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Open Access Research article

Risk communication and informed consent in the medical tourism industry: A thematic content analysis of canadian broker websites

Kali Penney1, Jeremy Snyder2*, Valorie A Crooks3 and Rory Johnston3

Author affiliations

1 Faculty of Medicine, University of Calgary, 2500 University Drive, NW, Calgary, Alberta, Canada

2 Faculty of Health Sciences, Simon Fraser University, 8888 University Drive, Burnaby, British Columbia, Canada

3 Department of Geography, Simon Fraser University, 8888 University Drive, Burnaby, British Columbia, Canada

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Citation and License

BMC Medical Ethics 2011, 12:17  doi:10.1186/1472-6939-12-17

Published: 26 September 2011

Abstract

Background

Medical tourism, thought of as patients seeking non-emergency medical care outside of their home countries, is a growing industry worldwide. Canadians are amongst those engaging in medical tourism, and many are helped in the process of accessing care abroad by medical tourism brokers - agents who specialize in making international medical care arrangements for patients. As a key source of information for these patients, brokers are likely to play an important role in communicating the risks and benefits of undergoing surgery or other procedures abroad to their clientele. This raises important ethical concerns regarding processes such as informed consent and the liability of brokers in the event that complications arise from procedures. The purpose of this article is to examine the language, information, and online marketing of Canadian medical tourism brokers' websites in light of such ethical concerns.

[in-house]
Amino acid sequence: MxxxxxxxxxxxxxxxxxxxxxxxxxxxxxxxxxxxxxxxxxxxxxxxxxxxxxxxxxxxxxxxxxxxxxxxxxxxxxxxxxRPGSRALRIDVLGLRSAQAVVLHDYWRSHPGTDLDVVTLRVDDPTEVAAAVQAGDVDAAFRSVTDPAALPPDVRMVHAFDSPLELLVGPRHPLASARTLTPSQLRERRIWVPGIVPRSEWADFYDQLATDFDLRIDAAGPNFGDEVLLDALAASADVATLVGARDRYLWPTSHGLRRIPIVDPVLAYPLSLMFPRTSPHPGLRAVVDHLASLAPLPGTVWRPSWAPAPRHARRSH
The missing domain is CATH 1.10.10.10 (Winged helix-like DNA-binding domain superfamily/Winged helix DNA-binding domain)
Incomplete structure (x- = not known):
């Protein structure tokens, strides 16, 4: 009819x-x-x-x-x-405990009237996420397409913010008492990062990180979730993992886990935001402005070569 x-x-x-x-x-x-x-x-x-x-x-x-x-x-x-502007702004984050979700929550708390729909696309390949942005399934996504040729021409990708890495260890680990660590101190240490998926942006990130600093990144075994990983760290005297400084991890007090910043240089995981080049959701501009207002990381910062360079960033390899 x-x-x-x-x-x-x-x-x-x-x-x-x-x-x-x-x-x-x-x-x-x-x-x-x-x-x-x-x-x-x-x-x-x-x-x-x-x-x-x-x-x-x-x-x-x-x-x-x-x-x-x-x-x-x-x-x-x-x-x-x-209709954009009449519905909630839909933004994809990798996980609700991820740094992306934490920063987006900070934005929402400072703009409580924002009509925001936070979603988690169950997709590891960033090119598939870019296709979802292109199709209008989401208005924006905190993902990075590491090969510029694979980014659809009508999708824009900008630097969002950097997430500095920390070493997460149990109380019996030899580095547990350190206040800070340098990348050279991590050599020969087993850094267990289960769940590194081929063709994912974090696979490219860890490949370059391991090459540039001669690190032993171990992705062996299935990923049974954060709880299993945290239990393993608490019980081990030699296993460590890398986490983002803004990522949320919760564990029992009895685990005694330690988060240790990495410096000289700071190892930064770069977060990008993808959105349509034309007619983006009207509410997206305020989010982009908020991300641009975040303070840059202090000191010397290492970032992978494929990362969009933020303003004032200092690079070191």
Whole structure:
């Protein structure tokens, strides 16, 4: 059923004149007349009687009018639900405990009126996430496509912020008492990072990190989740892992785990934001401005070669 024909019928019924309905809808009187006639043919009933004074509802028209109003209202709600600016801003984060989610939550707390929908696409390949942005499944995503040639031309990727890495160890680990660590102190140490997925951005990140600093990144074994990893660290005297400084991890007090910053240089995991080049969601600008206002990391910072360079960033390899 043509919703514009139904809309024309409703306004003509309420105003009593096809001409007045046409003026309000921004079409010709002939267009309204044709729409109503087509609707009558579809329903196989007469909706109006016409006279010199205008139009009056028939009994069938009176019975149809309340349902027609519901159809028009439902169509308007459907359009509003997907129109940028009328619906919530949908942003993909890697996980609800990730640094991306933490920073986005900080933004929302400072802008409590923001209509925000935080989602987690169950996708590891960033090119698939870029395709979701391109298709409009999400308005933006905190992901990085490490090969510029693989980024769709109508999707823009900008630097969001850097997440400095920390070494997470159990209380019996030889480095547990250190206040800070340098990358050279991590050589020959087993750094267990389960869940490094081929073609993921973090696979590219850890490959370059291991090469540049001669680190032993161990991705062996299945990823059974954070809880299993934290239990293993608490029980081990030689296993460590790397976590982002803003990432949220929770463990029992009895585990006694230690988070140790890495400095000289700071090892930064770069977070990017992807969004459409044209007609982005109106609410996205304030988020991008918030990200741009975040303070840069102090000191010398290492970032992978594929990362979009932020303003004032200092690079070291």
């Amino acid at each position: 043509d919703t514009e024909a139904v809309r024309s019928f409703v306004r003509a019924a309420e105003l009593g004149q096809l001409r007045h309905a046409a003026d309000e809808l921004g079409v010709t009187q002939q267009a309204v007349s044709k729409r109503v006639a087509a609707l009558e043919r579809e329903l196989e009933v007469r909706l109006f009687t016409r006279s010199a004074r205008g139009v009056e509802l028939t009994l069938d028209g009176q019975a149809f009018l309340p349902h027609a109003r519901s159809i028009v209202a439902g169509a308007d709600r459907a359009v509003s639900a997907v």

Methods

An exhaustive online search using multiple search engines and keywords was performed to compile a comprehensive directory of English-language Canadian medical tourism brokerage websites. These websites were examined using thematic content analysis, which included identifying informational themes, generating frequency counts of these themes, and comparing trends in these counts to the established literature.

Results

Seventeen websites were identified for inclusion in this study. It was found that Canadian medical tourism broker websites varied widely in scope, content, professionalism and depth of information. Three themes emerged from the thematic content analysis: training and accreditation, risk communication, and business dimensions. Third party accreditation bodies of debatable regulatory value were regularly mentioned on the reviewed websites, and discussion of surgical risk was absent on 47% of the websites reviewed, with limited discussion of risk on the remaining ones. Terminology describing brokers' roles was somewhat inconsistent across the websites. Finally, brokers' roles in follow up care, their prices, and the speed of surgery were the most commonly included business dimensions on the reviewed websites.

Conclusion

Canadian medical tourism brokers currently lack a common standard of care and accreditation, and are widely lacking in providing adequate risk communication for potential medical tourists. This has implications for the informed consent and consequent safety of Canadian medical tourists.